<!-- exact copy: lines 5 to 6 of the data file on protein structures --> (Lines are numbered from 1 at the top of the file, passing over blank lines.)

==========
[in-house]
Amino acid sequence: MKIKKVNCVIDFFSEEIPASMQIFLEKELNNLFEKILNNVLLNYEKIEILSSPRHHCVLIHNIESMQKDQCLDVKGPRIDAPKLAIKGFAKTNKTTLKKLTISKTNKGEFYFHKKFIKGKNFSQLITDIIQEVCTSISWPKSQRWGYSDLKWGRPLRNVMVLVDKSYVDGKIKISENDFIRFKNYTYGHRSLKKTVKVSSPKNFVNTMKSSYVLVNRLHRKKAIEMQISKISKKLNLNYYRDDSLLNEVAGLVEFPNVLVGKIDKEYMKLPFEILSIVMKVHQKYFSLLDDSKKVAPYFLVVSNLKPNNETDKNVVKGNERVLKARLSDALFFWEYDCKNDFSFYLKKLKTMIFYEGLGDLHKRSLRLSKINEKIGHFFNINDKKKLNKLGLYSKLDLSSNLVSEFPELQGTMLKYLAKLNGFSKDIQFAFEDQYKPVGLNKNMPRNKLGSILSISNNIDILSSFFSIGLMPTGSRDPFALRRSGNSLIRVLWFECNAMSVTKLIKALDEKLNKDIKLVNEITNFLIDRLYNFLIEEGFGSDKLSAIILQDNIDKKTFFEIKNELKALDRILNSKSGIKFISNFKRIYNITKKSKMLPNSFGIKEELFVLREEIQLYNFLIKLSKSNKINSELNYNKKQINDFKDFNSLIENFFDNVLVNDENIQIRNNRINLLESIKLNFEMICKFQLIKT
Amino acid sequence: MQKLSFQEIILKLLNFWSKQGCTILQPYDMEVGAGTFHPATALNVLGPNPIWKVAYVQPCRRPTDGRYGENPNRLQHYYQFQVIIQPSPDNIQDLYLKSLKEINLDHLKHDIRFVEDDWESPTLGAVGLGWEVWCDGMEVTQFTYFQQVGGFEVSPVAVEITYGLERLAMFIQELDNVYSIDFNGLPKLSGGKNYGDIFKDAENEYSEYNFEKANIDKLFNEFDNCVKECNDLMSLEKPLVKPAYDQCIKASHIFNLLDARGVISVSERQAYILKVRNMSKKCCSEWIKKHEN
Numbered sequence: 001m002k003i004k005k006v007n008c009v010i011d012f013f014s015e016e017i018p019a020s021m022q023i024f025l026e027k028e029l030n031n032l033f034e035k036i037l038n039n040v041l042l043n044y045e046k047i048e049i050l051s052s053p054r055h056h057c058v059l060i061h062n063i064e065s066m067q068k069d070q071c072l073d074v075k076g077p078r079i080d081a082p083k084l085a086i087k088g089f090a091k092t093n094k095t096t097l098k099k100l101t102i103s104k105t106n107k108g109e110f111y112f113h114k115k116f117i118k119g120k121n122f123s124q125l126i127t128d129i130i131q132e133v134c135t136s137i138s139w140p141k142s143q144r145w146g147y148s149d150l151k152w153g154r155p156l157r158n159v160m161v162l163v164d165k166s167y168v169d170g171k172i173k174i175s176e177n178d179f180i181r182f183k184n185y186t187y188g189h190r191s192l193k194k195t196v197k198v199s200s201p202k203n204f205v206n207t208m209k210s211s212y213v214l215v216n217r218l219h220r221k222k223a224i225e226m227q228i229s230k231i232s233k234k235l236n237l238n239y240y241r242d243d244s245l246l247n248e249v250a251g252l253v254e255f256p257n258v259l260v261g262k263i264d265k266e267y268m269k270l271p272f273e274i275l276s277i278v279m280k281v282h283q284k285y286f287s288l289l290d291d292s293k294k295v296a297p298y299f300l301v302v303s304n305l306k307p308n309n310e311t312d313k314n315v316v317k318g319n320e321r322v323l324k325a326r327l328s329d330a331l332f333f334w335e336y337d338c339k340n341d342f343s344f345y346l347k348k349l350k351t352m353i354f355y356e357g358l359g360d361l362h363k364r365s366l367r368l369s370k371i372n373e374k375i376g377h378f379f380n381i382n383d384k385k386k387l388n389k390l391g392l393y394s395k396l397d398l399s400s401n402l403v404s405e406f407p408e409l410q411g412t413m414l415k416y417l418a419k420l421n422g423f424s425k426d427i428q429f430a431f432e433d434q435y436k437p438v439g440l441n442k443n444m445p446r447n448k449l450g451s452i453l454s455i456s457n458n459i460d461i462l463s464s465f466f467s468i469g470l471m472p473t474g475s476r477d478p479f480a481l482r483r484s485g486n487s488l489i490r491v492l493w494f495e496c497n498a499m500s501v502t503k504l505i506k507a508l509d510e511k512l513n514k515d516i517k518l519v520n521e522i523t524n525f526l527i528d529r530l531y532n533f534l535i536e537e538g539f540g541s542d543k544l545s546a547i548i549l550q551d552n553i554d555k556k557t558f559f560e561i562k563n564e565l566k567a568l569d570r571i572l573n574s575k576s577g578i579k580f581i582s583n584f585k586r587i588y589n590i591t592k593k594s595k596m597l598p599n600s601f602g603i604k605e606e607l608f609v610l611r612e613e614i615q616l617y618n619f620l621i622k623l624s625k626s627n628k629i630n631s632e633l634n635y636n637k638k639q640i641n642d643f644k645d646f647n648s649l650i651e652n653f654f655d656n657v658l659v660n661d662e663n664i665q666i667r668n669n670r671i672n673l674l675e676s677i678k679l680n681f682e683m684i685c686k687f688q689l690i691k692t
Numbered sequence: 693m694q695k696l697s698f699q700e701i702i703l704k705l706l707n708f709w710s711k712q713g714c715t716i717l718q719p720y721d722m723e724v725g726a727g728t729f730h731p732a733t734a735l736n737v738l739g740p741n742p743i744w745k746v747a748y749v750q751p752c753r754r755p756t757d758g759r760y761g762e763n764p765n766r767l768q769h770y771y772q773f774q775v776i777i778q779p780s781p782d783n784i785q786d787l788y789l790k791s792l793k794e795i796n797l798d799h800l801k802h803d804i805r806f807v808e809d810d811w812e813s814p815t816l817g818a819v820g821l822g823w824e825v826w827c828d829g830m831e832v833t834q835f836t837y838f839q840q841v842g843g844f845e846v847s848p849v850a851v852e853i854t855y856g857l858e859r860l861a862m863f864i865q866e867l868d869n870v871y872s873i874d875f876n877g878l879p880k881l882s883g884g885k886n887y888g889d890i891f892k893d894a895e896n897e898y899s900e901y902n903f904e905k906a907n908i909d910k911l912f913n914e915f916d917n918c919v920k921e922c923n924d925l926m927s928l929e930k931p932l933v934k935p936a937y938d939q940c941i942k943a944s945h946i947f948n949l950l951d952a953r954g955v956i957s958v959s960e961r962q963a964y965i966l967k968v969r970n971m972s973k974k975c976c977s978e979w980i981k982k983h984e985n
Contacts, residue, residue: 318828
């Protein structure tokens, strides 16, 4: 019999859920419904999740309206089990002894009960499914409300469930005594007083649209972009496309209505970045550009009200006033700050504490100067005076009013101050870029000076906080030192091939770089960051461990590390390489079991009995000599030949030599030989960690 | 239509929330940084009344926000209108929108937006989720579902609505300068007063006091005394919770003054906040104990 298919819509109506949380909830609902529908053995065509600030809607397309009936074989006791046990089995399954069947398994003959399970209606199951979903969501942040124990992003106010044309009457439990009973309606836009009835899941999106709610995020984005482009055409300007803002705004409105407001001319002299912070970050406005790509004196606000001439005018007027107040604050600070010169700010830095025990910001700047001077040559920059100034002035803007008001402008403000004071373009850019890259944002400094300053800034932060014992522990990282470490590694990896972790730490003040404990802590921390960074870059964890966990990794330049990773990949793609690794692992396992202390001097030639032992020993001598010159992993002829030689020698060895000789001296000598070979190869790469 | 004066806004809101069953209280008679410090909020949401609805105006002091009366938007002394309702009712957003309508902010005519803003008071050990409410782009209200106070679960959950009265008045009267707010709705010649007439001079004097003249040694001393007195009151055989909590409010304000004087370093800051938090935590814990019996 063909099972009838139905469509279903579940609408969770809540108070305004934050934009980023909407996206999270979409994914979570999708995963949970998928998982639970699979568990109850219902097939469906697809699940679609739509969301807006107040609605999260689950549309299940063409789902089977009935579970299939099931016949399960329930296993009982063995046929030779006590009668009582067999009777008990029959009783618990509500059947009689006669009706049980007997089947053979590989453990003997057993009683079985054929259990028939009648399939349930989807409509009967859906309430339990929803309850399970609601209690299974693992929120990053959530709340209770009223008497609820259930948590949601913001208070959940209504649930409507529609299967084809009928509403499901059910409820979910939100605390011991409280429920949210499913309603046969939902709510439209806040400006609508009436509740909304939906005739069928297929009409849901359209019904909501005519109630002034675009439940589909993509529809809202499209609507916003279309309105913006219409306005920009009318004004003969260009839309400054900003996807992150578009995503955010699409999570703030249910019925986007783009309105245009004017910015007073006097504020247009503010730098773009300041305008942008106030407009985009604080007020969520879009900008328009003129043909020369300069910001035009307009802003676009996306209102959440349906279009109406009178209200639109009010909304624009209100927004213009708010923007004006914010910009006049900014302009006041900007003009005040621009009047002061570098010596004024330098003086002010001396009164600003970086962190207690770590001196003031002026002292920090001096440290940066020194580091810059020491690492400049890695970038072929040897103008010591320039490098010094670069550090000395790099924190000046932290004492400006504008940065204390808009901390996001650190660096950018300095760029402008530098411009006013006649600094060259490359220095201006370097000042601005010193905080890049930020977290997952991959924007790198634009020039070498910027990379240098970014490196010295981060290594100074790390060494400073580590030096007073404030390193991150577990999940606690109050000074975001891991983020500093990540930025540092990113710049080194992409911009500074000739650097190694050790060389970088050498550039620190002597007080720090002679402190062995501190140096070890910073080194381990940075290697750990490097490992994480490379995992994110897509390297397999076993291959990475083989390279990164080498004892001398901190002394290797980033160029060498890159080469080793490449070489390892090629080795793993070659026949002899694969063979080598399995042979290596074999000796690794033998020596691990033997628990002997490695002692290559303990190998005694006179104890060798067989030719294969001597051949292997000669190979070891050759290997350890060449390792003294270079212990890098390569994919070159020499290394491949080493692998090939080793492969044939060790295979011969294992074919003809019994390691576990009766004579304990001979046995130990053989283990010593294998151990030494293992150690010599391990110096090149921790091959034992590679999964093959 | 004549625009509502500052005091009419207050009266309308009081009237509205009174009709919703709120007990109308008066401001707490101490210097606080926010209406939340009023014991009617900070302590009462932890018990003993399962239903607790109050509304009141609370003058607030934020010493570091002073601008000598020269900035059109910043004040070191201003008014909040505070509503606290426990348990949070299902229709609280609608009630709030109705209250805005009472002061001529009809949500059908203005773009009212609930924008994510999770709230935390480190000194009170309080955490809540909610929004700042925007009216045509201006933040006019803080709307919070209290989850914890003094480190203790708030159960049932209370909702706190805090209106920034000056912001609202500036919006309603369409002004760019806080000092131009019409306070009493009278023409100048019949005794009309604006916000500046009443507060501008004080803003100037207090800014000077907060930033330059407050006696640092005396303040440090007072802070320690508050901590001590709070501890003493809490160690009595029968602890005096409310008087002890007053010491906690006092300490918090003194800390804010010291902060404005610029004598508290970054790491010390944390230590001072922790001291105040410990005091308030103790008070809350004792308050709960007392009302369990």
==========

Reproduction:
Numbered sequence: 693m694q695k696l697s698f699q700e701i702i703l704k705l706l707n708f709w710s711k712q713g714c715t716i717l718q719p720y721d722m723e724v725g726a727g728t729f730h731p732a733t734a735l736n737v738l739g740p741n742p743i744w745k746v747a748y749v750q751p752c753r754r755p756t757d758g759r760y761g762e763n764p765n766r767l768q769h770y771y772q773f774q775v776i777i778q779p780s781p782d783n784i785q786d787l788y789l790k791s792l793k794e795i796n797l798d799h800l801k802h803d804i805r806f807v808e809d810d811w812e813s814p815t816l817g818a819v820g821l822g823w824e825v826w827c828d829g830m831e832v833t834q835f836t837y838f839q840q841v842g843g844f845e846v847s848p849v850a851v852e853i854t855y856g857l858e859r860l861a862m863f864i865q866e867l868d869n870v871y872s873i874d875f876n877g878l879p880k881l882s883g884g885k886n887y888g889d890i891f892k893d894a895e896n897e898y899s900e901y902n903f904e905k906a907n908i909d910k911l912f913n914e915f916d917n918c919v920k921e922c923n924d925l926m927s928l929e930k931p932l933v934k935p936a937y938d939q940c941i942k943a944s945h946i947f948n949l950l951d952a953r954g955v956i957s958v959s960e961r962q963a964y965i966l967k968v969r970n971m972s973k974k975c976c977s978e979w980i981k982k983h984e985n
Contacts, residue, residue: 318828